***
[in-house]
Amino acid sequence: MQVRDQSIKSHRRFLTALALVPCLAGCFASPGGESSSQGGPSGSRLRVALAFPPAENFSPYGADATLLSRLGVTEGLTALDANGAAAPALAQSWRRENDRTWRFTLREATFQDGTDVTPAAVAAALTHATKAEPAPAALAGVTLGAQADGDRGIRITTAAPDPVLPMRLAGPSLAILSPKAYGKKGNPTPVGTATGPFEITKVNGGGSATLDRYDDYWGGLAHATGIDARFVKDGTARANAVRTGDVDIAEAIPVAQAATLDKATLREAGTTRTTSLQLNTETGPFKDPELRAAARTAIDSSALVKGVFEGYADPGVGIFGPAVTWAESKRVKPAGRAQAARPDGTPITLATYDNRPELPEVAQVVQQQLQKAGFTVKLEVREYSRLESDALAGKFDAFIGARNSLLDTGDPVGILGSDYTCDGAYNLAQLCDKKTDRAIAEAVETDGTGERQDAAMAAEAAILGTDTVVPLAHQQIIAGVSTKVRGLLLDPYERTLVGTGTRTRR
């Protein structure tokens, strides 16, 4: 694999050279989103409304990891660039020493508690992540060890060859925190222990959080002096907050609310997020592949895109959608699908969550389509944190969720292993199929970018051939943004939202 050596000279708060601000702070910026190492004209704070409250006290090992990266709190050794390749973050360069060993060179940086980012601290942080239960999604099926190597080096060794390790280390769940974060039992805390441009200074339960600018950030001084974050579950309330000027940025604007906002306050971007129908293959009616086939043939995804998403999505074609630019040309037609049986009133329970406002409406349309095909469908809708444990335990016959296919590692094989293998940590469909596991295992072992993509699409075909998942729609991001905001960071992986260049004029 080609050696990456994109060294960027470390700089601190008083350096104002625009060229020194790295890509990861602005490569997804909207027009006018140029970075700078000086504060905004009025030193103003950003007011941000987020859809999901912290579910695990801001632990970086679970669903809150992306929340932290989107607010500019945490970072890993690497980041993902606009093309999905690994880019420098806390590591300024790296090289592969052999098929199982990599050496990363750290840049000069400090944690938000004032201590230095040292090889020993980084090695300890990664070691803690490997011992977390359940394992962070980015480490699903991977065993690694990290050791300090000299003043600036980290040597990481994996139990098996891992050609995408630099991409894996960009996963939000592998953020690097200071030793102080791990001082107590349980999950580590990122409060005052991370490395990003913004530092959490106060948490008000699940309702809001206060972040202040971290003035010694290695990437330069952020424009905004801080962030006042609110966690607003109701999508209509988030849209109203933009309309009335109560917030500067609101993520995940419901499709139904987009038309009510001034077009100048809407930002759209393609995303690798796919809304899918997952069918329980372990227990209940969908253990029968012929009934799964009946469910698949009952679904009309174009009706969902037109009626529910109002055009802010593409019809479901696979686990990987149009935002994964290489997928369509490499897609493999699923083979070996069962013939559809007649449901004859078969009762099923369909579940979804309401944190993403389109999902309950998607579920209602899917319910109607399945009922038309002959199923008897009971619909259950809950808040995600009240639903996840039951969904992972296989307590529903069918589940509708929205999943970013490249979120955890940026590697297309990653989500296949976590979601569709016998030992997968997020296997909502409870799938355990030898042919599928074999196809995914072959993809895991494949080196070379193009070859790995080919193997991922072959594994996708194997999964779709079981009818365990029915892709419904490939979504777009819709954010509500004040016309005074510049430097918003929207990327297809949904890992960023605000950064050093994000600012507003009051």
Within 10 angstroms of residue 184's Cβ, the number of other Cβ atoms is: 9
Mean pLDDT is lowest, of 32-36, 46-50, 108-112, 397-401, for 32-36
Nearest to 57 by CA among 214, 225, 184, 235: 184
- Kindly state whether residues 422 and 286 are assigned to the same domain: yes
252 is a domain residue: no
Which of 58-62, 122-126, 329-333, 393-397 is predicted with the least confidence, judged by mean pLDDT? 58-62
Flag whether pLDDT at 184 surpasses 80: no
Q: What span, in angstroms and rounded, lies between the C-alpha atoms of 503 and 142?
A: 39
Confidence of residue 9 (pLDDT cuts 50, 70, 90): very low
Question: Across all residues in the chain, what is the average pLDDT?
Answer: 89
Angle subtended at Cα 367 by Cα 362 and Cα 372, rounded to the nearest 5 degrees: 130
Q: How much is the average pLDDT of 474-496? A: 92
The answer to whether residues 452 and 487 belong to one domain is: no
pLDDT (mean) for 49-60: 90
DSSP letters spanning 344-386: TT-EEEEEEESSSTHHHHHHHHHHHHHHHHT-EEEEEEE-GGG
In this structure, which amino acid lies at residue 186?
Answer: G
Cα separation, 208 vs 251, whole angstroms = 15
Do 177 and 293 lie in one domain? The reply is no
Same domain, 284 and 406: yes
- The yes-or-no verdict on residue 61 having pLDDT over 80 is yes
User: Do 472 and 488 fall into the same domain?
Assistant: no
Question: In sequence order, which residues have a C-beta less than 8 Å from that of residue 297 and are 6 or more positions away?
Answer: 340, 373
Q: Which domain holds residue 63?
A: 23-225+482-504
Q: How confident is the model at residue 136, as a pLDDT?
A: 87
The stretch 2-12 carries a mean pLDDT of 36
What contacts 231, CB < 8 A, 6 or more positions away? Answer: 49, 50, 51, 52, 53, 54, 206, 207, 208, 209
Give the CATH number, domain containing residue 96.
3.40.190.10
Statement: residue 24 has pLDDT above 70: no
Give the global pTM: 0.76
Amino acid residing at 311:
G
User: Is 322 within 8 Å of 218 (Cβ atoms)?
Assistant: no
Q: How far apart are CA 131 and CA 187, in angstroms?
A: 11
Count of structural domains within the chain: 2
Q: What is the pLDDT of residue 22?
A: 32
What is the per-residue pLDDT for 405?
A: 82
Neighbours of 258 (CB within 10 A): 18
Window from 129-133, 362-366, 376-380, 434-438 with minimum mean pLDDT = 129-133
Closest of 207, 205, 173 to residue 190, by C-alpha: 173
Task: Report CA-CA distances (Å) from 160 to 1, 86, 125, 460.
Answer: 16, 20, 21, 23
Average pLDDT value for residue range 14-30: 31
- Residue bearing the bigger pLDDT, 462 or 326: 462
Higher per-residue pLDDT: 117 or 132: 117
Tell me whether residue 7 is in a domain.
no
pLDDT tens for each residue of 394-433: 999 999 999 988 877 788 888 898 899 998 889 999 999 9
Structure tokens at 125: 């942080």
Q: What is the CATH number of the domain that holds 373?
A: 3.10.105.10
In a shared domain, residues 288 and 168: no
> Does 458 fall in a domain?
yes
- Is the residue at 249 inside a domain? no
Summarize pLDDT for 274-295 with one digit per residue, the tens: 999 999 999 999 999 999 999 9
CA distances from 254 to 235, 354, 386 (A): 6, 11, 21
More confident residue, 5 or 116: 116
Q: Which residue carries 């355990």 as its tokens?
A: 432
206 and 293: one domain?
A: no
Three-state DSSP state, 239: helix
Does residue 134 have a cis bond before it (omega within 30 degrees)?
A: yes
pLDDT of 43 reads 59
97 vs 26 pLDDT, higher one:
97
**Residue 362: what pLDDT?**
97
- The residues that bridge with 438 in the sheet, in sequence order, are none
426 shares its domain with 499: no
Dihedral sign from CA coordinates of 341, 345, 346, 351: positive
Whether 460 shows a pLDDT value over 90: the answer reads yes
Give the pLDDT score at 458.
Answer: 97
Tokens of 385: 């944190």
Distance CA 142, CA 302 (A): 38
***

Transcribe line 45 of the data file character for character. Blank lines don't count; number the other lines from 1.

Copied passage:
Q: How far apart are CA 131 and CA 187, in angstroms?